This time I decided to do something different. I wanted them to examine a poem closely, to take a poem's pulse but not beat the poor poem into a bloody pulp.
So this time around I bypassed formal literary analysis altogether. Instead, I put them in small groups where they are preparing PowerPoint presentations on one of nine possible poems:
"From Blossoms" (Li-Young Lee)
"Linguine" (Diane Lockward)
"When the Burning Begins" (Patricia Smith)
"How to Make World Unity Salsa" (Juan Felipe Herrera)
"Ode to Conger Chowder" (Pablo Neruda)
"Cold Solace" (Anna Belle Kaufman) [in The Sun Magazine]
"Problems with Hurricanes" (Victor Hernandez Cruz)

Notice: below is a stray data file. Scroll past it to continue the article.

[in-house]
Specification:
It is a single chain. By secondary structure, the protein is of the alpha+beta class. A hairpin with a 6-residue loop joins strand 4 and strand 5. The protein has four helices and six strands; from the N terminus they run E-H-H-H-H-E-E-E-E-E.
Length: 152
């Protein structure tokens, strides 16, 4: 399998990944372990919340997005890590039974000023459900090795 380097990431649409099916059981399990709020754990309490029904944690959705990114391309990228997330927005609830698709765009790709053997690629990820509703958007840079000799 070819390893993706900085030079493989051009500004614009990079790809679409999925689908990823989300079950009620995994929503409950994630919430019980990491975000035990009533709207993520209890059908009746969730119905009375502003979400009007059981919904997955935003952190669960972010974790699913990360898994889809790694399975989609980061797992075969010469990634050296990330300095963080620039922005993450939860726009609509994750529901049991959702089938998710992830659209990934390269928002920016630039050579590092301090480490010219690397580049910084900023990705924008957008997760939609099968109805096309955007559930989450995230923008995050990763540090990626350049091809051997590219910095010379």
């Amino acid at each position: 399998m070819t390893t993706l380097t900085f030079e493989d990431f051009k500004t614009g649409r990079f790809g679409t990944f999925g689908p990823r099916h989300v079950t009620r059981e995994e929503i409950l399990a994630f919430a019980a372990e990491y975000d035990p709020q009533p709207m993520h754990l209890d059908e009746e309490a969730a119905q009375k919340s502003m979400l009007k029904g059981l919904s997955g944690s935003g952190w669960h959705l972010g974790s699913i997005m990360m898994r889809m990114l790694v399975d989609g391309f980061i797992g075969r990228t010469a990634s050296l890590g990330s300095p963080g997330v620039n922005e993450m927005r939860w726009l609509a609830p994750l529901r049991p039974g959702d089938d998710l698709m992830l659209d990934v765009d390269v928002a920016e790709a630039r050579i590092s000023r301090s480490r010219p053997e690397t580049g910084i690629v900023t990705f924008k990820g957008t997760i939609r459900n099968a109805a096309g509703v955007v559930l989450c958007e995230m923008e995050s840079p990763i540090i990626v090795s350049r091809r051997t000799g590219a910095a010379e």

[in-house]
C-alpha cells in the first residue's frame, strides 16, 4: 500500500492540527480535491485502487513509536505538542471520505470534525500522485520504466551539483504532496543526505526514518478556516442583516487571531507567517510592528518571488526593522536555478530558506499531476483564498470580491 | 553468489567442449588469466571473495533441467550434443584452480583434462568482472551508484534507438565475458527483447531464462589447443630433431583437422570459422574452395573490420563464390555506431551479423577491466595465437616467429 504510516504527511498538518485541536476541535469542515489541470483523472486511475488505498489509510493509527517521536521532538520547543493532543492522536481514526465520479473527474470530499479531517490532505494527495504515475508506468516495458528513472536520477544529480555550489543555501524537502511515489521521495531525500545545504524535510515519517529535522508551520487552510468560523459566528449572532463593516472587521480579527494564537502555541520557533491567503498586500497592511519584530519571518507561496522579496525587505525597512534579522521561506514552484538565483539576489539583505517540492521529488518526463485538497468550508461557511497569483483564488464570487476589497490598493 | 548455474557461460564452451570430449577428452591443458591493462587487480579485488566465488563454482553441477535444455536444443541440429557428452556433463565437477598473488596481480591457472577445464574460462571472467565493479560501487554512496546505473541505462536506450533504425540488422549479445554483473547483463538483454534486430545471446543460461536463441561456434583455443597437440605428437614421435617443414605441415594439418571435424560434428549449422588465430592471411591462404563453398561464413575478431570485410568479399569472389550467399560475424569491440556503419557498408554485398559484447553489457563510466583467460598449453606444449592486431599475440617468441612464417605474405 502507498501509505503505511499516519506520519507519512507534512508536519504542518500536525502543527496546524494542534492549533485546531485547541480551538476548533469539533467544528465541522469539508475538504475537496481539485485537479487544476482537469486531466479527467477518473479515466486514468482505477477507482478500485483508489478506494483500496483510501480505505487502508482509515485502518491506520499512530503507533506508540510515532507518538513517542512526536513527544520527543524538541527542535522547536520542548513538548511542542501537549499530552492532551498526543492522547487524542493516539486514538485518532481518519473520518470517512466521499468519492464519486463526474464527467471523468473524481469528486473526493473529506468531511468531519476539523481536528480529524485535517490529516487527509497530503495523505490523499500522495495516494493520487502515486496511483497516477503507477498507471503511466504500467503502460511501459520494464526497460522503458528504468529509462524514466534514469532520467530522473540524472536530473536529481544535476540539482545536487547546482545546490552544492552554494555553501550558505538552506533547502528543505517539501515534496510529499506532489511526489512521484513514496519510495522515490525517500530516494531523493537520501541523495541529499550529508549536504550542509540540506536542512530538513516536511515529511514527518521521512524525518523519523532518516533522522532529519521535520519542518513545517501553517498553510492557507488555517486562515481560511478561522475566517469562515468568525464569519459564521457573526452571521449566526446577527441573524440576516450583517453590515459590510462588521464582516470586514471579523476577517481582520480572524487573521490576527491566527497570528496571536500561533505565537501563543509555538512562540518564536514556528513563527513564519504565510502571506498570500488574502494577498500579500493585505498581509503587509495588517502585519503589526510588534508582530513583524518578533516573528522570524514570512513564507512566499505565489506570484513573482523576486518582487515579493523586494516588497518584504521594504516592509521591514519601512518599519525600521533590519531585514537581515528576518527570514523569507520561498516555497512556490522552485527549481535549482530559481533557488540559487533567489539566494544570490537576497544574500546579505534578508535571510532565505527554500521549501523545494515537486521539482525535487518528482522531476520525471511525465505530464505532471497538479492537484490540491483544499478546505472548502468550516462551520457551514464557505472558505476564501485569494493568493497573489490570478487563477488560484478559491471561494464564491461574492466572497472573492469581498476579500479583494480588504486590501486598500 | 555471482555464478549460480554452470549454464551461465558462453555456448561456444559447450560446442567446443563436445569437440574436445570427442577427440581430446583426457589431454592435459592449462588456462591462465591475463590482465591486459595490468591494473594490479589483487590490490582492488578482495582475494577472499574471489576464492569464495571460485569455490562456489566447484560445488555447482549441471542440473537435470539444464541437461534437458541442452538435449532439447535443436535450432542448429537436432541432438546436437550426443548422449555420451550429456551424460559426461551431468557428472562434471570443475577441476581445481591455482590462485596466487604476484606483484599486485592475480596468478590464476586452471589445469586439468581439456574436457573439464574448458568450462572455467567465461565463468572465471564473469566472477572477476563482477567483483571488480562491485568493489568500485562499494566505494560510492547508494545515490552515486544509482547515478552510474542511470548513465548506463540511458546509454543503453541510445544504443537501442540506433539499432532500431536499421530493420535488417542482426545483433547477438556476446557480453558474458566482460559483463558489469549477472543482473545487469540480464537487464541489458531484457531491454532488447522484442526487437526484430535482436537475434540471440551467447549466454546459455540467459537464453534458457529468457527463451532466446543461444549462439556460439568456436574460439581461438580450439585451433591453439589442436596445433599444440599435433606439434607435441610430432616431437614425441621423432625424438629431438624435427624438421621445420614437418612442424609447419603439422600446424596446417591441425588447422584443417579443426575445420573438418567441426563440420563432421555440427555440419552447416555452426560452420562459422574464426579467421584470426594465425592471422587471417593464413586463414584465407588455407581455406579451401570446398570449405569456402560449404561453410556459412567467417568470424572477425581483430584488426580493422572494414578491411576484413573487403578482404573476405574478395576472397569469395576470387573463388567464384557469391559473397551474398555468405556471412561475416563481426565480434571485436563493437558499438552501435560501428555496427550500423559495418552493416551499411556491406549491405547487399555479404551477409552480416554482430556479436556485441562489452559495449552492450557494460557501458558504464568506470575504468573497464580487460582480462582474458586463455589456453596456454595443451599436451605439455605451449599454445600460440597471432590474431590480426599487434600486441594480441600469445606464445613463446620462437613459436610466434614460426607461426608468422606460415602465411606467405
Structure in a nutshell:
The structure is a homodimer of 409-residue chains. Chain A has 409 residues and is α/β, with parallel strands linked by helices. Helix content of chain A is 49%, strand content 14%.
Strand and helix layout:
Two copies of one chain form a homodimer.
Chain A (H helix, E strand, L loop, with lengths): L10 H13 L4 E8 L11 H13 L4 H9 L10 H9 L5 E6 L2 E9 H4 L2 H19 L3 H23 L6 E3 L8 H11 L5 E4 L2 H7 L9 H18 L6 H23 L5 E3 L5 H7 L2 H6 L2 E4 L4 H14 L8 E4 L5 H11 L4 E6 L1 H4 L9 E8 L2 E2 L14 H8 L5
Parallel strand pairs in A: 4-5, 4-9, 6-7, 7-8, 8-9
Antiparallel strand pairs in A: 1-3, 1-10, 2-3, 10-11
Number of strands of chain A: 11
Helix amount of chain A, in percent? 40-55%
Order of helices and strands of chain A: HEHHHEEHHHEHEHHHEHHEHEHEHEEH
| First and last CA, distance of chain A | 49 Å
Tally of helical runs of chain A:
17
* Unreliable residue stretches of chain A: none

"Cherry Tomatoes" (Sandra Beasley)
"Shopping for Pomegranates at Wal-Mart on New Year's Day" (Campbell McGrath)
I've assigned poetry presentations before, but I've never actually demonstrated by example exactly what I was looking for. (Yes very lame of me, I know!) After viewing a bunch of physics lectures online this past summer courtesy MIT’s Open Courseware, I decided my Poetry Unit could use its own little infusion of baking soda and vinegar.
While perusing the current issue of River Styx, the poem "Free Bird" by Rose Kelleher, with its allusions to Frye Boots, Brooke Shields, Jodi Foster, bongs, tresses, and the strutting ManFest that was the 1970s, screamed out “Transform me into a Powerpoint Demo!” So that’s exactly what I did.
Here’s a sample from said demo:
Seventies Man—how unabashedly
he struts his stuff! You gotta love those long
gold chains that loop across that naked V
Of polyester-free, unbuttoned chest